So, subcultures such as the punks have created an alternate association for the kilt and tartan; leading to clothes that were once heavily gendered becoming available for anyone wishing to express themselves, whether that’s stylistically or personally. The kilt has been significant in modern fashion expression due in part to its gender-fluidity. Times have changed and at Houston’s we will dress you to look your best, no matter what you’ll be wearing.
The British Royal family have had long ties with the traditional cloth of Scotland and a great affinity towards tartan. This link didn’t just start with the current monarch, but can be traced back hundreds of years!
The Dress Act of 1746 under George II brought a ban on kilts and all aspects of highland wear except for uses in the military. Any individual in breach of this act would imprisoned for 6 months for their first offence, and on their second they would be sent to overseas work camps. When the act was repealed it proved to kick-start the popularity in tartan – both with the general public and royalty.
George IV’s visit to Scotland in 1822 propelled the kilt into the forefront of everyone’s minds. Whilst his would have been far dressier than the traditional highlander kilt, the concept became sensationalised and romanticised. This started the real love affair with the royals and tartan.
Queen Victoria continued the link with tartan during her reign, often dressing her children in Kilts. Prince Albert, Victoria’s husband, was a keen tartan designer and attributed as the creator of the (Royal) Balmoral tartan – a tartan to be worn exclusively by the royals and specially selected parties. (The Queen’s personal piper is one of the selected few allowed to be dressed in the tartan.)
Queen Elizabeth is also a keen supporter of tartan, often seen wearing the cloth at Highland games or on visits to Scotland. Prince Charles, The Prince of Wales is also often spotted in a Highland outift on public occasions.
The British Royal family and Tartan have always gone hand in hand. As Queen Elizabeth II breaks the record for longest serving monarch, we hope the link continues for many years to come!
Who, what, when, where and why?
Established in the 17th Century, Kilts (originally called “little wrap” in Gaelic) were the first steps in a separation of the Celts, as prior to this Irish and Scottish Gaels wore similar fashions. During the Jacobite uprising of 1745 there was a “diskilting” act enacted as they were seen as a symbol of rebellion and primitive savagery, the only exception being for those serving in the military. This is perhaps the lifeline of the modern kilt seen today, as historians have argued that Highland costume would not have survived had there not been Highland regiments raised on and dressed in parts of their traditional dress.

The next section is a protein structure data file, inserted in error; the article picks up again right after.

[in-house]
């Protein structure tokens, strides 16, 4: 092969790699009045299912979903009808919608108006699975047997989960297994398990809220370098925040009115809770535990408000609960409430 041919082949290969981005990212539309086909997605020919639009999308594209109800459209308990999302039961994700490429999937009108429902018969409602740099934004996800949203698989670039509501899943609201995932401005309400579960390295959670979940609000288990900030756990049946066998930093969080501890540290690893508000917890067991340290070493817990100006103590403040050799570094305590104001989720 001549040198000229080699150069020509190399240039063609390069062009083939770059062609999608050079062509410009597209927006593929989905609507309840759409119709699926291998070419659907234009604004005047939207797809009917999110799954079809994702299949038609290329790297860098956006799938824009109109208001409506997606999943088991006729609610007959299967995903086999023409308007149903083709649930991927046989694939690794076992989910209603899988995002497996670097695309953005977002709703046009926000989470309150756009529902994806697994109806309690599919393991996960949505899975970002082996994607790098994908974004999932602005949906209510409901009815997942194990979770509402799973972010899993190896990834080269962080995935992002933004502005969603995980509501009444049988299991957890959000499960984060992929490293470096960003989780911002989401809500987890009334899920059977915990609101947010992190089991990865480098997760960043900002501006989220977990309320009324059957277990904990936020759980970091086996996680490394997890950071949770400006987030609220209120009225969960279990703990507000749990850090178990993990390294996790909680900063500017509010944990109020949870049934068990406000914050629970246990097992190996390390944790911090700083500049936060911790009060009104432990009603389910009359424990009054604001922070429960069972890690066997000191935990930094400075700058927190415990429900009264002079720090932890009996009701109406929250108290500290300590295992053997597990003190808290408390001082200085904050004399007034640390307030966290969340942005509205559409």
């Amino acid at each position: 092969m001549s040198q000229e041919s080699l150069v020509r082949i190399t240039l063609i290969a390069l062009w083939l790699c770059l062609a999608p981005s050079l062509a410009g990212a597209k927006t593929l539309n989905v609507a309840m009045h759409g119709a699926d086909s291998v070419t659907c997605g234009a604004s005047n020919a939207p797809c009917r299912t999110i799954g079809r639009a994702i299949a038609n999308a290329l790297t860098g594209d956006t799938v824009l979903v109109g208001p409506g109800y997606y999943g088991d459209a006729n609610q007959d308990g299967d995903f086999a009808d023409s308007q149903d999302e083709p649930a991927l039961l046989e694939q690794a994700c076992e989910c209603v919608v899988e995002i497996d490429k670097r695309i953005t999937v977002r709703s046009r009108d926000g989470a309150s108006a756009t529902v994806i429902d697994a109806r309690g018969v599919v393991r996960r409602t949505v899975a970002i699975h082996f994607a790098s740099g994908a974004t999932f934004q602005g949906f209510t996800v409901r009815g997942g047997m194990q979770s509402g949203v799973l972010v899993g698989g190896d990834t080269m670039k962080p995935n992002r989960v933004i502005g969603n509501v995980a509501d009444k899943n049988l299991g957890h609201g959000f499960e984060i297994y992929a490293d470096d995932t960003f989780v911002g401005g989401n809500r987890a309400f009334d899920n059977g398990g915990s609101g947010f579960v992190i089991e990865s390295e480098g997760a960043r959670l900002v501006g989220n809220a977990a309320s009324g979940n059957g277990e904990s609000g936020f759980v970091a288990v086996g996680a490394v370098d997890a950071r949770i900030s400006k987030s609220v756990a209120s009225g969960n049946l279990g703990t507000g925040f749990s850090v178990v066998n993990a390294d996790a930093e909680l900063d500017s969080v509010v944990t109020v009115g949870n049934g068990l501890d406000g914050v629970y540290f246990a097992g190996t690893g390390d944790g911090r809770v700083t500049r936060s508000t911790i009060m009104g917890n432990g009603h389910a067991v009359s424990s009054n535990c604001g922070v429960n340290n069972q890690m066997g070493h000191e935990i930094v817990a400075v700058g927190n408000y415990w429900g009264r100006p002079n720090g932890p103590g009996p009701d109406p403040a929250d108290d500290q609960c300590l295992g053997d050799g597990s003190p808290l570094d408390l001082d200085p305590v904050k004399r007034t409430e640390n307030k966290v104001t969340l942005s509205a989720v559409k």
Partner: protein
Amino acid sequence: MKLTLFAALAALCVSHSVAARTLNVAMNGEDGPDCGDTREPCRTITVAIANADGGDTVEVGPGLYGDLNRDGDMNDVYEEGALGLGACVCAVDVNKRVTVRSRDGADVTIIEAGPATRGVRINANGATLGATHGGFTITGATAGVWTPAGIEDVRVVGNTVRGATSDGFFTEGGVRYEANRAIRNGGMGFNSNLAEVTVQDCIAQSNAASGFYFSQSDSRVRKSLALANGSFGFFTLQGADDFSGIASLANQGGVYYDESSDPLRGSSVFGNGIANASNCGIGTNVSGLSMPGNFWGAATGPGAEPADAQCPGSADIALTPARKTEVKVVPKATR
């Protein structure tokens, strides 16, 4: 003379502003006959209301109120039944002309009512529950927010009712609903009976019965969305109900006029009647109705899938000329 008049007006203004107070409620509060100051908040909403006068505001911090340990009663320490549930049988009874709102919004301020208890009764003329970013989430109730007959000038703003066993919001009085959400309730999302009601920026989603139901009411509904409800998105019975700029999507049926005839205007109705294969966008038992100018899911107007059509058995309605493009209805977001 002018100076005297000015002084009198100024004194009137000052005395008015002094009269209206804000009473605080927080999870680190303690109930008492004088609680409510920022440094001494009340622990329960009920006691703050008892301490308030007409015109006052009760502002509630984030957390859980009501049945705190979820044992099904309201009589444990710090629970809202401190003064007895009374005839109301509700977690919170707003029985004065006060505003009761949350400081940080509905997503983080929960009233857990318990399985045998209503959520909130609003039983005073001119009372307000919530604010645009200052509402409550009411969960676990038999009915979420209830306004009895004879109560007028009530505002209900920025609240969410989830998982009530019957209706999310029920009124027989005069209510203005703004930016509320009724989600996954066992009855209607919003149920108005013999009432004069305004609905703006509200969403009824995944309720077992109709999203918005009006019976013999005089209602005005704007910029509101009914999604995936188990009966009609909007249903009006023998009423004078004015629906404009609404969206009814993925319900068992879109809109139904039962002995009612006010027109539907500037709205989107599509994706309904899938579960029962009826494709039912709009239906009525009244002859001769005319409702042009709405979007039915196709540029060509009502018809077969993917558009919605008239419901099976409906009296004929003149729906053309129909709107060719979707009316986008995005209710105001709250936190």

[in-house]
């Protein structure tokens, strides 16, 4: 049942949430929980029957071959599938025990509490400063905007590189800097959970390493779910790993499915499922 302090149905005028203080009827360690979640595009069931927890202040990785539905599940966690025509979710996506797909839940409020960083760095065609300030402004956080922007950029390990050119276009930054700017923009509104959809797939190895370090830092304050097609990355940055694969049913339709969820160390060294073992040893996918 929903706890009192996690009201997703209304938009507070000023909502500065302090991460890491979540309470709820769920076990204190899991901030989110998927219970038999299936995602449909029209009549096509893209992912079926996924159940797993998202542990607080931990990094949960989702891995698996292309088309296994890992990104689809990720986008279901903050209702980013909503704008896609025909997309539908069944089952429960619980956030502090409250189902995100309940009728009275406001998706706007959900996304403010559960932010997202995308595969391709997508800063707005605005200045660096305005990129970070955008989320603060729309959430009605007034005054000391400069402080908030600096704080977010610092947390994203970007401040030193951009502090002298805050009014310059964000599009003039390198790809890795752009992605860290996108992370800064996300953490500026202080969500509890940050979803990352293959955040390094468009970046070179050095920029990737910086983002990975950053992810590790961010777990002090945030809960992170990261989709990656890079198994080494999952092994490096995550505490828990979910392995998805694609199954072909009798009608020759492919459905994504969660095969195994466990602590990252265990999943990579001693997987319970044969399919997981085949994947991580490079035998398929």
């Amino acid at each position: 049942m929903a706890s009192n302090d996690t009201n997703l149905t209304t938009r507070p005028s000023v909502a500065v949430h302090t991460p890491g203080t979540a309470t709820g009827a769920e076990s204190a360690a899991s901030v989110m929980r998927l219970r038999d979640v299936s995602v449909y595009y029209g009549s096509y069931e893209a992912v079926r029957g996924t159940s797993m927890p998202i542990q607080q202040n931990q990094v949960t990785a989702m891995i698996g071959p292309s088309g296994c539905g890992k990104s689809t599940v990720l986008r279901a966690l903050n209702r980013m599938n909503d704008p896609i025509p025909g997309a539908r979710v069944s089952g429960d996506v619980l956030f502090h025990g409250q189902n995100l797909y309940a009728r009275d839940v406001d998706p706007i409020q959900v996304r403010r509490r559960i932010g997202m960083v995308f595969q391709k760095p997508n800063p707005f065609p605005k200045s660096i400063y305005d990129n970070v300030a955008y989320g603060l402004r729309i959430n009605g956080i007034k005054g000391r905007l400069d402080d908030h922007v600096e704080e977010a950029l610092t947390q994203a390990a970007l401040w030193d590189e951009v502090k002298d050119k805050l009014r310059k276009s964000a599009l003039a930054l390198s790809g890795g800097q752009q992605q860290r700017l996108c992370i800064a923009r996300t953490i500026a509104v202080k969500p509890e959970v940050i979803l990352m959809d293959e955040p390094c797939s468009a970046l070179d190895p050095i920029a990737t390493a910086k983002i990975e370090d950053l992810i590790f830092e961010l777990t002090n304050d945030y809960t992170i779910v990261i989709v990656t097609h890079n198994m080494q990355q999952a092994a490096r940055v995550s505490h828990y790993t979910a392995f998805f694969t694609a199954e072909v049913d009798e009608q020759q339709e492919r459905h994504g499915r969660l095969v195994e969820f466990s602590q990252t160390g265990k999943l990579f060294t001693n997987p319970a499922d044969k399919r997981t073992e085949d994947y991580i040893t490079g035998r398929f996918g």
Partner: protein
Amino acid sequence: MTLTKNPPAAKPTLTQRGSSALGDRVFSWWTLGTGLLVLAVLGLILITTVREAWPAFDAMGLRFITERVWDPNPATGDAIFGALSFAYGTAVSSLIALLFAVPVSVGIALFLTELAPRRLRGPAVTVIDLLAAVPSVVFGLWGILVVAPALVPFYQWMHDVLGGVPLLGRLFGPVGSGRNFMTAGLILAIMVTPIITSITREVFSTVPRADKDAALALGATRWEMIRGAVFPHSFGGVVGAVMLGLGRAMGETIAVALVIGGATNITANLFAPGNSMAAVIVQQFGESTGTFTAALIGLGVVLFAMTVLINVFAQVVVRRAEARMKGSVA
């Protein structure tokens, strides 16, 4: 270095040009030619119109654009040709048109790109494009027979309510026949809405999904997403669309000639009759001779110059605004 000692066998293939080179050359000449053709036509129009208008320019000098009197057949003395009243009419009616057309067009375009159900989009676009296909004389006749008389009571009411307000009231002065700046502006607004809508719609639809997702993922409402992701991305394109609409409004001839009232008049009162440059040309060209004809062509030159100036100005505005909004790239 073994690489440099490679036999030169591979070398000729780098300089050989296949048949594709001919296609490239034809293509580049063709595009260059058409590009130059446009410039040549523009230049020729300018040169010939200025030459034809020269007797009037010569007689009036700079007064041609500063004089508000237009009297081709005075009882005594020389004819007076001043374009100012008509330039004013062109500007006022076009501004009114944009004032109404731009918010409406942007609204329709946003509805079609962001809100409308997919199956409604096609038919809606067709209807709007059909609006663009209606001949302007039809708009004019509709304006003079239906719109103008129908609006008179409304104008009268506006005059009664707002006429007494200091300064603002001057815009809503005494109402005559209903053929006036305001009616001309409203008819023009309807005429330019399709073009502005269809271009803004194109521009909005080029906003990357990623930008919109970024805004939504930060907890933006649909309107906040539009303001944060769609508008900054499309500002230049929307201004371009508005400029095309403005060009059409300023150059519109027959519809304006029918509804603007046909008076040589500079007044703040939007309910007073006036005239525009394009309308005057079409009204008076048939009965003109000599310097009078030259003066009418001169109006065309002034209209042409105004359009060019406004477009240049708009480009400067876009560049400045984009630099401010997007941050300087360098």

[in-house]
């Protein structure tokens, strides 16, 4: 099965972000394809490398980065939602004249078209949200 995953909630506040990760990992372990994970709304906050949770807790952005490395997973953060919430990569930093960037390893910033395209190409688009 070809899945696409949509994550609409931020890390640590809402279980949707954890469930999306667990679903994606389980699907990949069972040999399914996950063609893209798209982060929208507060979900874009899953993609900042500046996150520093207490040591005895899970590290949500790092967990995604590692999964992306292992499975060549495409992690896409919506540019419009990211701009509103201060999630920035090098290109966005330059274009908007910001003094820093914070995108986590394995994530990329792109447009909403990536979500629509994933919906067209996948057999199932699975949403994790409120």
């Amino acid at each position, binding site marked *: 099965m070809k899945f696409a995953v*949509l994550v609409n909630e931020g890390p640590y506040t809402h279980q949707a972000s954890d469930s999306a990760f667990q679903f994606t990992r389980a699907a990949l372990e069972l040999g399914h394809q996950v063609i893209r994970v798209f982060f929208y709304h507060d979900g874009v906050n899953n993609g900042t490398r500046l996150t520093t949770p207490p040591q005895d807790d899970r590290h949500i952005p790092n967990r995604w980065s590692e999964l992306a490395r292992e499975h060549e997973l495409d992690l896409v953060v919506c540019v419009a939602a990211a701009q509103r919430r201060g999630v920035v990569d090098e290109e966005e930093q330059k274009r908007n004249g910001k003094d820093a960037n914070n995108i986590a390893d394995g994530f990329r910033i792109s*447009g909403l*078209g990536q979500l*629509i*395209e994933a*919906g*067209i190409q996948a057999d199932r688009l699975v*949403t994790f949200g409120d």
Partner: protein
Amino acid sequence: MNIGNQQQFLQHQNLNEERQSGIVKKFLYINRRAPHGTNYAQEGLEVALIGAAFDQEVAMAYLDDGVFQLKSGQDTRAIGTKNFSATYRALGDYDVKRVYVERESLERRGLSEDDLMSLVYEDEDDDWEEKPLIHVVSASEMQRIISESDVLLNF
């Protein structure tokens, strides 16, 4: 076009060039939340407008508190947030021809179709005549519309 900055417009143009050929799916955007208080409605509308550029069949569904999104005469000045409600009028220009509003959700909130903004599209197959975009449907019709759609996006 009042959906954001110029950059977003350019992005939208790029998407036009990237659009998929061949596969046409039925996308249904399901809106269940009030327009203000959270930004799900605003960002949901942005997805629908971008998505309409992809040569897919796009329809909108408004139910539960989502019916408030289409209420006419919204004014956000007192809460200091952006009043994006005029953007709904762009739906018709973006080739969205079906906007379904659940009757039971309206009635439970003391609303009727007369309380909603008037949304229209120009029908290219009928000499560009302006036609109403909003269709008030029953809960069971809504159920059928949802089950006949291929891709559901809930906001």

Nearly 40 years later, through the efforts of the Highland society of London, the “diskilting” act was revoked. The image of the highlander at this point in time was changing from being seen as other, to an extotic romanticised image which still has an impact in today’s society. This image was also in part response to the industrial revolution; a rejection of the urban and industrial and an embracing of the wild, unpredictable wilderness.
Kilt wearing became national dress after King George IV’s visit to Edinburgh where he walked out on his guests dressed in a kilt, establishing it as national dress for Scotland. This example of a kilt far differs from the traditional Highland wear seen in the previous century.
The tail end of the 20th century is when kilt wearing became more what we are used to seeing today. The connotations the kilt has with masculinity has led to modern designers incorporating elements of the kilt into fashion to suit the young, fashionable male. The punk subculture as well as LGBT+ culture have adapted the kilt due to its associations with traditional masculinity, with more modern takes also allowing for the piece to make more of a statement, whether that be of individuality or questioning the lines between masculinity and femininity.
The Scottish Kilt is traditionally 8 yards ( 7.4 metres ) of pure new wool, and always made in Scotland. There is almost an inconceivable amount of tartans to choose from. Tartans are usually associated with a clan, but can be custom made. Kilts also come in a variety of weights to suit one’s needs or weather conditions:
– 16/17oz cloth ( Heavy weight ) is the best weight of authentic Scottish Kilt cloth as it sits and hangs and gives the best swing to the pleats. Contrary to what you may think, it is not any warmer than a 13oz kilt.
– For broader gentlemen heavy weight is by far the best cloth to use as it hangs much better over the belly and holds its shape and looks a million dollars!
– 13oz Medium weight is adequate if you are under a 44/46″ waist
– 19oz to 21oz is regimental weight cloth – only 6 tartans are woven in this weight now
– 110z Lightweight
Traditionally the Scottish kilt is fully handmade.The kiltmaker will take half a day to check the cloth, check sizes and prepare the tartan.The kiltmaker will then take around two days to make each kilt, there are around 6000 to 7500 stitches!
22 to 28 deep knife pleats ( Note kilts can be box pleated if you wish ).
And reinforced double stitches surrounding the key areas where typically you face the most wear and tear. Kilts can also be partially machine stitched which are also of high quality.